Happy Columbus Day! The County of Orange celebrated Columbus Day yesterday.
On Monday Rick Reiff of the Orange County Business Journal mention a comment I made in a recent MOORLACH UPDATE in his “OC Insider” column. It is the first piece below.
The second piece comes from KTLA. The proliferation of coyotes in the Rossmoor area has been a source of concern for several years. Recently, residents in that community have grown increasingly concerned at the apparent increase of coyote sightings and attacks on pets. In one instance, a coyote charged at a resident who attempted to intervene in an altercation between her dog and a coyote – the California Department of Fish and Game has indicated that this does not qualify as an attack on a person for reasons explained below. Community members have sought assistance from a host of government agencies to curb the threat of coyote-related incidents. In response, our office has worked with the Rossmoor Community Services District, Orange County Public Works (OCPW), Orange County Animal Care Services (OCAC), Caltrans and the California Department of Fish and Game (DF&G) to strategize how to best minimize the threats coyotes may pose both to domestic pets and people.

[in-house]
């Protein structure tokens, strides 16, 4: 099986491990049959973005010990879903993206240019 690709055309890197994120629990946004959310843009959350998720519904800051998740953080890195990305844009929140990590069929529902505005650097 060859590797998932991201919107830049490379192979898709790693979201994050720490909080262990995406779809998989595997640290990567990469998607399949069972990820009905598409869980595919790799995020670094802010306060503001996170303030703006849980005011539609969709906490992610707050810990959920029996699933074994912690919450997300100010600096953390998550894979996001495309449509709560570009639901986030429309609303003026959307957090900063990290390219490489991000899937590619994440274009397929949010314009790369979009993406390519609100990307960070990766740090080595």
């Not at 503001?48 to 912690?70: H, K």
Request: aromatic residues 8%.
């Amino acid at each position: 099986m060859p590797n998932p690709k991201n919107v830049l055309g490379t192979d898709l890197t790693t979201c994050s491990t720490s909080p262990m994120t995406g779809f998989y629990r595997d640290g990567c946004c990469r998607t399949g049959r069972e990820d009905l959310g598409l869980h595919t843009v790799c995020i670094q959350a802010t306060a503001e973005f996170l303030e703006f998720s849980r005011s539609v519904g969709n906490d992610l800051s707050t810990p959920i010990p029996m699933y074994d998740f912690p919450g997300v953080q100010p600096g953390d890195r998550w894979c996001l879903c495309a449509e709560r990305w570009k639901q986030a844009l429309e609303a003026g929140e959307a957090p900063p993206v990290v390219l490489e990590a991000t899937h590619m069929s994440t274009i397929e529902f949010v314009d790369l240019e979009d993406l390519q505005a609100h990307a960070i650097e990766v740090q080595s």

It is important to understand that municipal agencies cannot surreptitiously eliminate coyotes just because they occupy a particular area. OCAC does not conduct blanket trapping of coyotes and it is not in its scope of work to do so. In the event there is a coyote that is an imminent threat to humans, OCAC will target that particular coyote for euthanization, as it did with the coyote in Huntington Beach’s Central Park in 2009. The key is, the coyote must be readily identified and pose a threat to humans (not pets). Coyotes are highly adaptive to urban settings and they will always be amongst us. Trapping one or more coyotes in one area typically leads to other coyotes filling the void as long as there is a food supply present. That being said, communities can employ trapping independently if they believe coyotes are posing a danger to their communities. Many communities in Orange County have done so with mixed results. The only stipulation is that they hire a qualified, licensed trapper who obtains a $45 permit from DF&G. This suggestion has been made to the residents of Rossmoor. The sticking point seems to be who pays the trapper fees. Since neither the County nor DF&G has declared the Rossmoor coyotes a public safety threat, the trapper would have to be paid for by the residents in that community. The County has agreed to assist the community in managing a trapping contract. This option was communicated to community leaders early last month, but no requests have been made to pursue such a contract.